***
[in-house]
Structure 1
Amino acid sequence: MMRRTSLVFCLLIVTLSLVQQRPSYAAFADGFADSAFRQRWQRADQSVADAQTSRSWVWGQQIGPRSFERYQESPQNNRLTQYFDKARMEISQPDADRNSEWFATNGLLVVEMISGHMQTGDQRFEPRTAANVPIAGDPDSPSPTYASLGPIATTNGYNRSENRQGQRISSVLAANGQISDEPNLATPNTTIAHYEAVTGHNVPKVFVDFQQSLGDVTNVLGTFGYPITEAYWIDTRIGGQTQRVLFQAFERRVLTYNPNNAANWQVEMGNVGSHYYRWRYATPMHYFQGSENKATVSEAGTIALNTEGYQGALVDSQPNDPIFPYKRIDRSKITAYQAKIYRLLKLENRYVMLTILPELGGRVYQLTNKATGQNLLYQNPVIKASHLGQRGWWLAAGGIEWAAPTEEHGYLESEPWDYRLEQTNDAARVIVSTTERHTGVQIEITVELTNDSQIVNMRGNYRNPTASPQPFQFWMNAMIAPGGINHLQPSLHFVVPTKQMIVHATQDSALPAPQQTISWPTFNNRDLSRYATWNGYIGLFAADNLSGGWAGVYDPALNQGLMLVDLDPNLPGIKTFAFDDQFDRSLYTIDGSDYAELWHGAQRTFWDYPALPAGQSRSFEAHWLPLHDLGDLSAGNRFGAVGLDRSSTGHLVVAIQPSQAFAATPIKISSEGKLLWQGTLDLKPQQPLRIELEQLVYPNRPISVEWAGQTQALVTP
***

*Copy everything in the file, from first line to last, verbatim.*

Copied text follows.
[in-house]
Structure 1
Amino acid sequence: MMRRTSLVFCLLIVTLSLVQQRPSYAAFADGFADSAFRQRWQRADQSVADAQTSRSWVWGQQIGPRSFERYQESPQNNRLTQYFDKARMEISQPDADRNSEWFATNGLLVVEMISGHMQTGDQRFEPRTAANVPIAGDPDSPSPTYASLGPIATTNGYNRSENRQGQRISSVLAANGQISDEPNLATPNTTIAHYEAVTGHNVPKVFVDFQQSLGDVTNVLGTFGYPITEAYWIDTRIGGQTQRVLFQAFERRVLTYNPNNAANWQVEMGNVGSHYYRWRYATPMHYFQGSENKATVSEAGTIALNTEGYQGALVDSQPNDPIFPYKRIDRSKITAYQAKIYRLLKLENRYVMLTILPELGGRVYQLTNKATGQNLLYQNPVIKASHLGQRGWWLAAGGIEWAAPTEEHGYLESEPWDYRLEQTNDAARVIVSTTERHTGVQIEITVELTNDSQIVNMRGNYRNPTASPQPFQFWMNAMIAPGGINHLQPSLHFVVPTKQMIVHATQDSALPAPQQTISWPTFNNRDLSRYATWNGYIGLFAADNLSGGWAGVYDPALNQGLMLVDLDPNLPGIKTFAFDDQFDRSLYTIDGSDYAELWHGAQRTFWDYPALPAGQSRSFEAHWLPLHDLGDLSAGNRFGAVGLDRSSTGHLVVAIQPSQAFAATPIKISSEGKLLWQGTLDLKPQQPLRIELEQLVYPNRPISVEWAGQTQALVTP